Washington, August 03 (ANI): A new research has found that for many U.S. veterans, combat is a defining experience that often sets the trajectory of the balance of their lives.
Alair MacLean, an assistant professor with the Department of Sociology at Washington State University (WSU) Vancouver, reports that in comparison to both non-veterans and veterans who never engaged in combat, Americans returning from combat face significant socio-economic challenges, as evidenced by consistently higher rates of disability and unemployment.
"Soldiers exposed to combat were more likely than non-combat veterans to be disabled and unemployed in their mid-20s and to remain so throughout their worklife."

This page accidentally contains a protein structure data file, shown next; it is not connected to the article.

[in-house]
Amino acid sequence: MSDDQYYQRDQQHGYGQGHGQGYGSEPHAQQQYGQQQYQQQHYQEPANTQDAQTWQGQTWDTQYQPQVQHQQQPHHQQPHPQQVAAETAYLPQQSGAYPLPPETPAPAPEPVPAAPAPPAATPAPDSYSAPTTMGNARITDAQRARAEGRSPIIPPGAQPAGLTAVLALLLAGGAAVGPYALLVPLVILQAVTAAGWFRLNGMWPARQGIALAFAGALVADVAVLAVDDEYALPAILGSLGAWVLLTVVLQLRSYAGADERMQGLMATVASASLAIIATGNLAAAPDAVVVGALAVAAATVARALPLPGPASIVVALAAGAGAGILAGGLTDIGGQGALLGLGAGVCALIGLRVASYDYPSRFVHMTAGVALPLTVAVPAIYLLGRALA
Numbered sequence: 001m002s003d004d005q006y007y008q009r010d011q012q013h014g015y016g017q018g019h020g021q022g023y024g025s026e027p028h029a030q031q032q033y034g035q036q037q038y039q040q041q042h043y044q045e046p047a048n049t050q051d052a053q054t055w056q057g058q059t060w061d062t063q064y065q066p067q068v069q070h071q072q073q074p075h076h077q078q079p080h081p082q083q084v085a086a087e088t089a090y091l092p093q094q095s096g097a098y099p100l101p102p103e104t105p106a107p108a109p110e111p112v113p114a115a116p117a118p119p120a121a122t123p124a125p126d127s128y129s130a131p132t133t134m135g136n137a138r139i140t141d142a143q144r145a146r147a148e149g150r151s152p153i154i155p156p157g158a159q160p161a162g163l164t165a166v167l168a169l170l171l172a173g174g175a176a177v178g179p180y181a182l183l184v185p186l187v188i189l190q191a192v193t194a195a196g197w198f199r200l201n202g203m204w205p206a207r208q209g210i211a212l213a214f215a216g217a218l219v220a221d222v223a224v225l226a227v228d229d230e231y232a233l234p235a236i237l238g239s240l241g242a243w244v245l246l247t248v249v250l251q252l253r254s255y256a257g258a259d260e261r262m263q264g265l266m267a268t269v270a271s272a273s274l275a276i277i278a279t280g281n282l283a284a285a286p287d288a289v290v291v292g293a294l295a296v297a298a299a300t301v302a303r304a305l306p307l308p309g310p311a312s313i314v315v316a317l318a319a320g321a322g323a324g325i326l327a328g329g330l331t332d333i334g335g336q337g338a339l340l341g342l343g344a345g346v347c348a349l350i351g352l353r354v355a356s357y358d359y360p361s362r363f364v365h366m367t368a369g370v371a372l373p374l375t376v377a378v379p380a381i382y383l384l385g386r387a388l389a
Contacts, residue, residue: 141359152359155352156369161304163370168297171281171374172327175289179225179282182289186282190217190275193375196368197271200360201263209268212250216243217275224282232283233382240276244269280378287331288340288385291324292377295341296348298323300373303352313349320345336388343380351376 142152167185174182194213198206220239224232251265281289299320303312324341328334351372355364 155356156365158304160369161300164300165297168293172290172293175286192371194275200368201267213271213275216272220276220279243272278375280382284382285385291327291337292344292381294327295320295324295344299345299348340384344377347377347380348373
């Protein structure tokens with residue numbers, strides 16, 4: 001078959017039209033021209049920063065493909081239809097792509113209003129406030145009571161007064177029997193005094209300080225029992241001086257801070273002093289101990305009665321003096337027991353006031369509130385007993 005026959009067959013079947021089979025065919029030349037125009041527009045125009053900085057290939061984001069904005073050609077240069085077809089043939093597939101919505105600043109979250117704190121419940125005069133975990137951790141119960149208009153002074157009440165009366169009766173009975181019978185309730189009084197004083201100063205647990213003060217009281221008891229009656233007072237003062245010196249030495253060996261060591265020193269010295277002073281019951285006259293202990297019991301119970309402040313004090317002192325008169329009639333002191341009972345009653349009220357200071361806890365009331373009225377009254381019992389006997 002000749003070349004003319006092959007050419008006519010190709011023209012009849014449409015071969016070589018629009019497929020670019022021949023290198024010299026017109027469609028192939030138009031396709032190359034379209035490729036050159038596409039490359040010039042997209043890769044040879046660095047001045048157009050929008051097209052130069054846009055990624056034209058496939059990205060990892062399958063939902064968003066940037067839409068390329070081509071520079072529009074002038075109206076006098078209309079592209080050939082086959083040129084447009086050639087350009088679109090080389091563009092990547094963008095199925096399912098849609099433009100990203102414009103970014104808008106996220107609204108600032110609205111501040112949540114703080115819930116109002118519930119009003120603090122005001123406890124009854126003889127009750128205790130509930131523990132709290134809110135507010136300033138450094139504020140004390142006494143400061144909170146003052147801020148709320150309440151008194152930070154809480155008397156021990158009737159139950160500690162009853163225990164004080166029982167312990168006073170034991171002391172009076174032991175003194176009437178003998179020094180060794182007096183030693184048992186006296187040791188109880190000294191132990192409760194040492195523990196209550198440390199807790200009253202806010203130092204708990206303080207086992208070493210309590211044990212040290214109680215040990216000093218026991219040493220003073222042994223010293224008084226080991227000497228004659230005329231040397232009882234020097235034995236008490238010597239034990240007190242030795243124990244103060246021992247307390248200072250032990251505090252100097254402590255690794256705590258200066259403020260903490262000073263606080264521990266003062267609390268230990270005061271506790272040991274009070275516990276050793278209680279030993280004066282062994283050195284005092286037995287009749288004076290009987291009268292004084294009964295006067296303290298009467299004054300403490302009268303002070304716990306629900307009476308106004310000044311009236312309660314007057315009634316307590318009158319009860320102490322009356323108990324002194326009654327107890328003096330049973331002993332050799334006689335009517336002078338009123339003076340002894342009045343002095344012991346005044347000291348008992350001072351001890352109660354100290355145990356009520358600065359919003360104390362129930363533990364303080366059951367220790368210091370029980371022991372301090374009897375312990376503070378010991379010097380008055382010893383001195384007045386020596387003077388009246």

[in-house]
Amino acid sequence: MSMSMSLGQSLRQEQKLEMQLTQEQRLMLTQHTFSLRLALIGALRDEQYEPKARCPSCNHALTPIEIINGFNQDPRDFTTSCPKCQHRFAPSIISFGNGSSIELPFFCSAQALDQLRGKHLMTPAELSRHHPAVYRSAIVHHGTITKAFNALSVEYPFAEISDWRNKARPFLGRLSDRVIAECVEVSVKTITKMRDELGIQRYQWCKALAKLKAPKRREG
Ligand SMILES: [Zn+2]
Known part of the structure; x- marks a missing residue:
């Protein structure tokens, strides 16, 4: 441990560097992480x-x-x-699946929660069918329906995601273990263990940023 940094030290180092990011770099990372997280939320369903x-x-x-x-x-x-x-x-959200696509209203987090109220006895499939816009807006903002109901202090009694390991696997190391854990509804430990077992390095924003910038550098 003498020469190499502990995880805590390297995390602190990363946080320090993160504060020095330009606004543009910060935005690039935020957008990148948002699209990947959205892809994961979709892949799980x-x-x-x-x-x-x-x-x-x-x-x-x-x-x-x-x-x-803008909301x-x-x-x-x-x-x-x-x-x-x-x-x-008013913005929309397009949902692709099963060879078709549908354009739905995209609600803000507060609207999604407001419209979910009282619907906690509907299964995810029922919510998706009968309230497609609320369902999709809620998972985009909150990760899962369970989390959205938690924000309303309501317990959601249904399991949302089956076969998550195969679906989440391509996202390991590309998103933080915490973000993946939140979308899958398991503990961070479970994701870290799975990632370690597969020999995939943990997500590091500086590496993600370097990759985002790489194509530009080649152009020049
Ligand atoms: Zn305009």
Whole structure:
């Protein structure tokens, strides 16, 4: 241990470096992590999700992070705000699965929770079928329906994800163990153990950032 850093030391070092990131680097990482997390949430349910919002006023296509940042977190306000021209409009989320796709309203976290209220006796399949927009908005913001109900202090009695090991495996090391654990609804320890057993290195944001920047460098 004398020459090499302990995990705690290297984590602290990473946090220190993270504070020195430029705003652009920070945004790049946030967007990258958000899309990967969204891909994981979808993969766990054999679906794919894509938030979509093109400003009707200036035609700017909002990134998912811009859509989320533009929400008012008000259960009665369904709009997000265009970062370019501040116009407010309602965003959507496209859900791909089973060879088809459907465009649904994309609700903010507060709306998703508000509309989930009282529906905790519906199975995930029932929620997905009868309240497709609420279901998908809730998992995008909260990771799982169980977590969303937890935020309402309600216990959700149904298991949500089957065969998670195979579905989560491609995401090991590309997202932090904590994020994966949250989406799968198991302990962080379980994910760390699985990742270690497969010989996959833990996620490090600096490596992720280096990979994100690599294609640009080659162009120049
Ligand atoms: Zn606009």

Using data taken from the Panel Study of Income Dynamics, a longitudinal survey of families and individuals which has been conducted annually since 1968, MacLean studied the characteristics of both veterans and non-veterans who would have been between the ages of 25 and 55 in any year between 1968 and 2003.
The sample included men who served or otherwise would have become eligible for military service during World War II, as well as during the Korean, post-Korean, Viet Nam, and post-Viet Nam eras.
MacLean said the rate at which both non-veterans and non-combat veterans reported themselves to be disabled remained fairly consistent at roughly 10 percent of the population in each of the years reviewed by the study.
The research has been published in the August 2010 issue of the American Sociological Review (ASR). (ANI)